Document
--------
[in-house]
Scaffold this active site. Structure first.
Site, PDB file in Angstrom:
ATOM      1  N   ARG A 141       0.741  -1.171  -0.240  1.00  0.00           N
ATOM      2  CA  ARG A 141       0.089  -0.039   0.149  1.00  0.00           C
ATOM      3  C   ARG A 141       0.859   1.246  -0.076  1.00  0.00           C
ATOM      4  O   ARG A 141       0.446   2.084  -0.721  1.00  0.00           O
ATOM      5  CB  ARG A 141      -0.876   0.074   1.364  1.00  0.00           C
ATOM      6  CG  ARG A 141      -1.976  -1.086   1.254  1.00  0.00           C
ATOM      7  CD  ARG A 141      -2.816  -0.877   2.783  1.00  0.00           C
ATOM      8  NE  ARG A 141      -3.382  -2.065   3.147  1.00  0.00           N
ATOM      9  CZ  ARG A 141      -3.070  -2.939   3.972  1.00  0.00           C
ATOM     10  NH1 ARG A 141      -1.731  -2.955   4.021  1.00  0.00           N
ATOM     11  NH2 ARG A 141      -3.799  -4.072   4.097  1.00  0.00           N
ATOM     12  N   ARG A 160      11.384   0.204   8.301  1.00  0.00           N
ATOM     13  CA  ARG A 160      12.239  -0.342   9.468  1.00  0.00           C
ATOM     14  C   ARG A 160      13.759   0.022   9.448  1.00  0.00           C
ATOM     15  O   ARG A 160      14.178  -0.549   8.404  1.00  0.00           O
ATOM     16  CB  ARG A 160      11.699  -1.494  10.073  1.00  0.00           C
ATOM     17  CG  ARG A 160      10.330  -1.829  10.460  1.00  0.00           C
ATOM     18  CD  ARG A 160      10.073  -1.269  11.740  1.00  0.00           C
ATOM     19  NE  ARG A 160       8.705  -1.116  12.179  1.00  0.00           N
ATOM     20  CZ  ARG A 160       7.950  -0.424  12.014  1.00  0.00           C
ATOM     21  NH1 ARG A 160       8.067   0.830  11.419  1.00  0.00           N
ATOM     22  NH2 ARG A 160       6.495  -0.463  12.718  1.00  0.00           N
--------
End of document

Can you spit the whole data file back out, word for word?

[in-house]
Scaffold this active site. Structure first.
Site, PDB file in Angstrom:
ATOM      1  N   ARG A 141       0.741  -1.171  -0.240  1.00  0.00           N
ATOM      2  CA  ARG A 141       0.089  -0.039   0.149  1.00  0.00           C
ATOM      3  C   ARG A 141       0.859   1.246  -0.076  1.00  0.00           C
ATOM      4  O   ARG A 141       0.446   2.084  -0.721  1.00  0.00           O
ATOM      5  CB  ARG A 141      -0.876   0.074   1.364  1.00  0.00           C
ATOM      6  CG  ARG A 141      -1.976  -1.086   1.254  1.00  0.00           C
ATOM      7  CD  ARG A 141      -2.816  -0.877   2.783  1.00  0.00           C
ATOM      8  NE  ARG A 141      -3.382  -2.065   3.147  1.00  0.00           N
ATOM      9  CZ  ARG A 141      -3.070  -2.939   3.972  1.00  0.00           C
ATOM     10  NH1 ARG A 141      -1.731  -2.955   4.021  1.00  0.00           N
ATOM     11  NH2 ARG A 141      -3.799  -4.072   4.097  1.00  0.00           N
ATOM     12  N   ARG A 160      11.384   0.204   8.301  1.00  0.00           N
ATOM     13  CA  ARG A 160      12.239  -0.342   9.468  1.00  0.00           C
ATOM     14  C   ARG A 160      13.759   0.022   9.448  1.00  0.00           C
ATOM     15  O   ARG A 160      14.178  -0.549   8.404  1.00  0.00           O
ATOM     16  CB  ARG A 160      11.699  -1.494  10.073  1.00  0.00           C
ATOM     17  CG  ARG A 160      10.330  -1.829  10.460  1.00  0.00           C
ATOM     18  CD  ARG A 160      10.073  -1.269  11.740  1.00  0.00           C
ATOM     19  NE  ARG A 160       8.705  -1.116  12.179  1.00  0.00           N
ATOM     20  CZ  ARG A 160       7.950  -0.424  12.014  1.00  0.00           C
ATOM     21  NH1 ARG A 160       8.067   0.830  11.419  1.00  0.00           N
ATOM     22  NH2 ARG A 160       6.495  -0.463  12.718  1.00  0.00           N